NOTE: From the publisher: “Stop Walking on Eggshells has already helped nearly half a million people with friends and family members suffering from BPD understand this destructive disorder, set boundaries, and help their loved ones stop relying on dangerous BPD behaviors. This fully revised edition has been updated with the very latest BPD research and includes coping and communication skills you can use to stabilize your relationship with the BPD sufferer in your life.”

Masterson, James F. (2013) Treatment of the Borderline Adolescent:  A Developmental Approach. Brunner/Mazel, Philadelphia, PA.
TABLE OF CONTENTS: Part 1: Treatment of the Borerline Adolescent
Part 2: The Therapeutic Process: In-Patient
Part 3: The Therapeutic Process: Out-Patient
Part 4: Other Therapeutic Factors
Appendix: Initial and Follow-up Psychological Testing: Nancy and Bill
Preview in Google Books

Masterson, James F. (2013) Treatment of the Borderline Adult:  A Developmental Approach. Brunner/Mazel, Routledge, NY, NY.
Preview in Google Books

Mondimore, Francis Mark and Kelly, Patrick. (2011) Borderline Personality Disorder: New Reasons for Hope. John Hopkins Univ. Press, Baltimore, MD.
TABLE OF CONTENTS: The Clinical Picture, Personality and More, The Four Faces of Borderline Personality Disorder, What the Person Has: The Disease Perspective. The Dimensions of Borderline Personality Disorder, Behaviors I Addiction and Eating Disorders, Behaviors II Self-Harming Behaviors and Dissociation, The Life Story Childhood Experiences Development Trauma, Treating the Disease, Treating the Behaviors, Understanding the Dimensions and Addressing the Life Story, Treatment Approaches: Putting It All Together; Themes and Variations, How to Cope, How to Help, If You’ve Been Diagnosed with Borderline Personality Disorder, For Parents, Partners, Friends, and Coworkers, APPENDIX A Resources and Further Reading, APPENDIX B: Theory and Development of the Borderline Concept: A Primer for Students and Therapists     
NOTE: From the publisher: “Incorporating the latest research and thinking on the disorder, Johns Hopkins psychiatrists Francis Mark Mondimore and Patrick Kelly conceptualize it in an original way. They explain that symptoms are the result of biological and behavioral problems, extremes of temperament, and impaired psychological coping, all of which may have a relationship with traumatic life events. The authors advocate a therapeutic approach incorporating compassion and optimism in the face of what is often a tumultuous disease. With proper treatment, people with borderline personality disorder can enjoy long remissions and improved quality of life.”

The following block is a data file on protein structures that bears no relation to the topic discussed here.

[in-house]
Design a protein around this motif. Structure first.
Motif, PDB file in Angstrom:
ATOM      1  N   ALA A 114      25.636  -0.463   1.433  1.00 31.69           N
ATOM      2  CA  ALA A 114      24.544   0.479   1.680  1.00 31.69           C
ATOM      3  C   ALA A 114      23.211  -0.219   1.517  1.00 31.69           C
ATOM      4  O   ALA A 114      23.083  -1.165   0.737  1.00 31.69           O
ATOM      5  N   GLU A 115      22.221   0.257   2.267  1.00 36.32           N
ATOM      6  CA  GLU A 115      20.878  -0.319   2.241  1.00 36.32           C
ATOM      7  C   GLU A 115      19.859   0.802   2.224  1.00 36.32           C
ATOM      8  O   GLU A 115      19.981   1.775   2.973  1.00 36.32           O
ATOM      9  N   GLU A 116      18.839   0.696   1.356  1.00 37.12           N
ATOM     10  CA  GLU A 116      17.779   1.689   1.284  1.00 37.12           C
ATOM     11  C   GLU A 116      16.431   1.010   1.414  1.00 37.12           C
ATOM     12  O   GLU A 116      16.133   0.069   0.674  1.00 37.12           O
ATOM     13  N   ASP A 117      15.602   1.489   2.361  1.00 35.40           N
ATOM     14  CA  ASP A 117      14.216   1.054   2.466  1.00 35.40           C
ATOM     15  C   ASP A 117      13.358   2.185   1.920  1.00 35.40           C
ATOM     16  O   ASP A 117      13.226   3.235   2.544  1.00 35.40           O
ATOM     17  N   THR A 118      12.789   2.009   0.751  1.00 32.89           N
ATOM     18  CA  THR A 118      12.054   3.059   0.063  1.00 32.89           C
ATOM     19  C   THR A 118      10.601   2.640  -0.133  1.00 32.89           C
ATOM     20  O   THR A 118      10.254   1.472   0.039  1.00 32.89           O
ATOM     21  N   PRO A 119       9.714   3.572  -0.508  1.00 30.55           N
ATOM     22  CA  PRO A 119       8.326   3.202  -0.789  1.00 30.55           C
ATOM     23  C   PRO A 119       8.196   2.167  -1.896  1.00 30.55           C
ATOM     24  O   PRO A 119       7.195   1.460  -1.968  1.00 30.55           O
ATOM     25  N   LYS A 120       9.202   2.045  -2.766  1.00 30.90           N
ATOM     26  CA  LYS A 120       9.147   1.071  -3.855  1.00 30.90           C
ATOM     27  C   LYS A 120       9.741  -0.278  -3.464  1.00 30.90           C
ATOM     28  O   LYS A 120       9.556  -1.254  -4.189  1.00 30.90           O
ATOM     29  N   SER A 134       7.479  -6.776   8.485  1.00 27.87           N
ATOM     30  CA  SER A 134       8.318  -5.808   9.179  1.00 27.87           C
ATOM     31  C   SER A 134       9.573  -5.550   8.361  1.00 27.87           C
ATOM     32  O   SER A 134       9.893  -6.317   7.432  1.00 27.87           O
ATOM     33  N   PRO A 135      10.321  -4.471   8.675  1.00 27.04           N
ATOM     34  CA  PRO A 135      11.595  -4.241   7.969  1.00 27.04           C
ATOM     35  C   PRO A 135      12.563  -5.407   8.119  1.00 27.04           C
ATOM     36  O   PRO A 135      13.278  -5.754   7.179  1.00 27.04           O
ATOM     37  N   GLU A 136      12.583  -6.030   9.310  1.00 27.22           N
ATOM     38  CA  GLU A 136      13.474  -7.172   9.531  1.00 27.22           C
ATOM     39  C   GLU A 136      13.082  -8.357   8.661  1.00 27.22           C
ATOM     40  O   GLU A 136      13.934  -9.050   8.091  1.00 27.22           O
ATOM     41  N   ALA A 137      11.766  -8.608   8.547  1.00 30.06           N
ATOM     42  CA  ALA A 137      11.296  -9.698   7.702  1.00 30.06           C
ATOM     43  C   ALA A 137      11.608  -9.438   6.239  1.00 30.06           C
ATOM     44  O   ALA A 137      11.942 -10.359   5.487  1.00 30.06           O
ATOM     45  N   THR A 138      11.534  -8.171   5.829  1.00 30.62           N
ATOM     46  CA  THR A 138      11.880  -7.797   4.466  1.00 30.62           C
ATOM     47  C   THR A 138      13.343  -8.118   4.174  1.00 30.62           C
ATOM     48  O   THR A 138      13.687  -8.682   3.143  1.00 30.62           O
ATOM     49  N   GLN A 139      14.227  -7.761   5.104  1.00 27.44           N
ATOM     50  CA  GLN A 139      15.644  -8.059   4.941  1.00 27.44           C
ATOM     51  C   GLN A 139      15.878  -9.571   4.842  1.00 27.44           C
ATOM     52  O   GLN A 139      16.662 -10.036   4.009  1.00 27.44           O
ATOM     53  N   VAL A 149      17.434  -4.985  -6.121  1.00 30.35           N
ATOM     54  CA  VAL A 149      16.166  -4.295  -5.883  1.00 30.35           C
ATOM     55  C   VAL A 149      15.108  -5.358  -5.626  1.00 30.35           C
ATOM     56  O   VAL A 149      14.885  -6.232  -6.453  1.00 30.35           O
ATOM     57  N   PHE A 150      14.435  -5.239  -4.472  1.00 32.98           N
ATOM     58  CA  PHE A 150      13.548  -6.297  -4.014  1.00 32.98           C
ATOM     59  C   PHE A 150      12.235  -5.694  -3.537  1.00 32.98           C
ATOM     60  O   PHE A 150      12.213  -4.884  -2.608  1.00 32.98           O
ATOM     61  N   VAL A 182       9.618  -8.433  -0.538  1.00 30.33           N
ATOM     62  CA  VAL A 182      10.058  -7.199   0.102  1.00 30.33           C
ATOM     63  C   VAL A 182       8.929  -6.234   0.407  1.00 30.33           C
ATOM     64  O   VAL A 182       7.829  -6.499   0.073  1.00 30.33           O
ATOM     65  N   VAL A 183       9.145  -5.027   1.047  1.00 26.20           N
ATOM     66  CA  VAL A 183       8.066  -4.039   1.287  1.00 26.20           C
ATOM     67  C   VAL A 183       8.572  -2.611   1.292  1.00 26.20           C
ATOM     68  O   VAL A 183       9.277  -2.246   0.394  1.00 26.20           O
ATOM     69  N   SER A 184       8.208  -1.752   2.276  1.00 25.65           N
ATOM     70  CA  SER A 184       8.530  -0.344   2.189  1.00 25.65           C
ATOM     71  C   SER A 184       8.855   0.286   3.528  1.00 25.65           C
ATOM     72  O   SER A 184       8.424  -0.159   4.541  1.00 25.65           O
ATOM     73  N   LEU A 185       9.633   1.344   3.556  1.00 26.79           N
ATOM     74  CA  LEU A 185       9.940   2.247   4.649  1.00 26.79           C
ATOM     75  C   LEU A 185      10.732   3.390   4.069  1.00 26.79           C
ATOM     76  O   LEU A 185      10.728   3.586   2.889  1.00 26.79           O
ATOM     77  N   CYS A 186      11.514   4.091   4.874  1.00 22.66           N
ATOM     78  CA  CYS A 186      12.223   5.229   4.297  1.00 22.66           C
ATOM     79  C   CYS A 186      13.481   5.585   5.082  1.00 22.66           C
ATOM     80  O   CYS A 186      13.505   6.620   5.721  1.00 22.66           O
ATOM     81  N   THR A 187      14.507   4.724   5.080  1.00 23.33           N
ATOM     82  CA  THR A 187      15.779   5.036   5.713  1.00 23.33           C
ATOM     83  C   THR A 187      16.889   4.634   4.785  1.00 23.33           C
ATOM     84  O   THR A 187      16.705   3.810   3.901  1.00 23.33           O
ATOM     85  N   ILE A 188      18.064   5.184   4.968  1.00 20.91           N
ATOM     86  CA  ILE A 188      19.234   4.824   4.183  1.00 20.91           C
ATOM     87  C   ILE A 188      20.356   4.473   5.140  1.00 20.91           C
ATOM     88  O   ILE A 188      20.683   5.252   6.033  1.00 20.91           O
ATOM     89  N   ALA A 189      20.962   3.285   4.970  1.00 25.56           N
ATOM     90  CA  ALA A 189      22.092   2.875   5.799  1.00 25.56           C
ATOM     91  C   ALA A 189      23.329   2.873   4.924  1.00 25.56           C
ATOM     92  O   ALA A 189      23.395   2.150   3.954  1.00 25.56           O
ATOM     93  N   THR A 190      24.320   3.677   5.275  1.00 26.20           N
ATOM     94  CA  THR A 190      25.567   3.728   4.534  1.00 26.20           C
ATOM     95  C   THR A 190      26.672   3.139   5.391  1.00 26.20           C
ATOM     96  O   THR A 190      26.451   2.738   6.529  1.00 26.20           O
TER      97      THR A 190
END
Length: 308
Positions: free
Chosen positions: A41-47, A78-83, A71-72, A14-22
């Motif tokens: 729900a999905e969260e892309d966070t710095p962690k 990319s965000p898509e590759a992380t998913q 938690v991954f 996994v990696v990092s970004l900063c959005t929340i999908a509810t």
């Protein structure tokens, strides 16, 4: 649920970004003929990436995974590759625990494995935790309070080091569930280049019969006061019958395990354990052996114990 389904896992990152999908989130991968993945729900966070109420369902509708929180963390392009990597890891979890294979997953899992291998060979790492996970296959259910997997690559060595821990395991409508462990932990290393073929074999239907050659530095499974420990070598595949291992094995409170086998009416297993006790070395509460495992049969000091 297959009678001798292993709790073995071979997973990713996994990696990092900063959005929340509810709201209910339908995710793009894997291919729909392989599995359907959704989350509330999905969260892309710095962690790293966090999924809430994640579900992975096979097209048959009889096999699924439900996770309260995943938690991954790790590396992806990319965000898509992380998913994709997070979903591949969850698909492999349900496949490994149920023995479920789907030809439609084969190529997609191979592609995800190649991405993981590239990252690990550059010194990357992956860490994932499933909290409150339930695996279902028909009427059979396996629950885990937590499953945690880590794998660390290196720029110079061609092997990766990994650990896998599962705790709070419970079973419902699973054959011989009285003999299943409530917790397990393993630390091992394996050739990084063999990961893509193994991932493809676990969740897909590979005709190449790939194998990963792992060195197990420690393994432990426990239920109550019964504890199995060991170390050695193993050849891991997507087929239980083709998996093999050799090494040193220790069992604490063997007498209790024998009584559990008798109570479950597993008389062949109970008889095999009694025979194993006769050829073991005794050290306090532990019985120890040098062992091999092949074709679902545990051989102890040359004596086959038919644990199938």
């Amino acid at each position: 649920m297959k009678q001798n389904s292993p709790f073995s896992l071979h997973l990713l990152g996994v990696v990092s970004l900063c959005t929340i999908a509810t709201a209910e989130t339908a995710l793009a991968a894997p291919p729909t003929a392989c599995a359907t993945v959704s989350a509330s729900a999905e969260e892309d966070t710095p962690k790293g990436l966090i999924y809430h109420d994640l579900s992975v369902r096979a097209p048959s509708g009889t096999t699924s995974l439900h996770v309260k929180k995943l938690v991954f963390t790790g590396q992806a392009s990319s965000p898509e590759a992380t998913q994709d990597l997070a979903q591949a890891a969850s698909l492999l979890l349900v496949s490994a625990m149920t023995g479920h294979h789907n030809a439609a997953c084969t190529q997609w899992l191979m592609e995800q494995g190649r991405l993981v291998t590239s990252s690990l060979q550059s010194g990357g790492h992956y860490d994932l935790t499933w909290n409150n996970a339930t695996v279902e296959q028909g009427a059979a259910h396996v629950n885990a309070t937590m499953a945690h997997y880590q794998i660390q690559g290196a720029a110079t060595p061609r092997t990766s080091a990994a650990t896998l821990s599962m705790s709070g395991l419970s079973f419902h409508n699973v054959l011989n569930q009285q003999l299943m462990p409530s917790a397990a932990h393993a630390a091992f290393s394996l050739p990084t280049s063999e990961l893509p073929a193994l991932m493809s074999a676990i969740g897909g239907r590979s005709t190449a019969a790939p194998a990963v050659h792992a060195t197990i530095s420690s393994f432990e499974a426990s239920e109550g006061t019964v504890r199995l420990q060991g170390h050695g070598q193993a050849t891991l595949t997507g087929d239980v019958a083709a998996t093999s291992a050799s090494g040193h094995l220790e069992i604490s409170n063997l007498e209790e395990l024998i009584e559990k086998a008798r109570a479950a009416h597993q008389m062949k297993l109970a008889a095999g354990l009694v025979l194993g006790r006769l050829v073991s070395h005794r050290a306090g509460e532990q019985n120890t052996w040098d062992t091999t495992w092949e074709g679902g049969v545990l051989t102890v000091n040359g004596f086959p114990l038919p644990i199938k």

Preview in Google books

Paris, Joel. (1993) Borderline Personality Disorder: Etiology and Treatment. American Psychiatric Press, Washington, DC.
NOTE: From the publisher: “Borderline Personality Disorder has two goals: 1. to build a comprehensive theory of etiology that takes into account biological, psychological, and social factors; and 2. to suggest treatment guidelines that are consistent with this theory and that are based on the findings of clinical trials.”
Preview in Google books

Paris, Joel. (2008) Treatment of Borderline Personality Disorder: A Guide to Evidence-Based Practice. Guilford Press, NY NY.
NOTE: From the publisher: “Rather than advocating a particular approach, Joel Paris examines a range of therapies and identifies the core ingredients of effective intervention. He offers specific guidance for meeting the needs of this challenging population, including ways to improve diagnosis, promote emotion regulation and impulse control, maintain appropriate therapeutic boundaries, and deal with suicidality and other crises. Highly readable, practical, and humane of BPD…”
Preview in Google books

Reiland, Rachel. (2004) Get me out of here: My recovery from borderline personality disorder. Hazelden, Center City, MN.
NOTE: From the Publisher: "Borderline Personality Disorder. "What the hell was that?" raged Rachel Reiland when she read the diagnosis written in her medical chart. As the 29-year old accountant, wife, and mother of young children would soon discover, it was the diagnosis that finally explained her explosive anger, manipulative behaviors, and self-destructive episodes - including bouts of anorexia, substance abuse, and sexual promiscuity. With astonishing honesty, Reiland's memoir reveals what mental illness feels like and looks like from the inside, and how healing from such a devastating disease is possible through intensive therapy and the support of loved ones."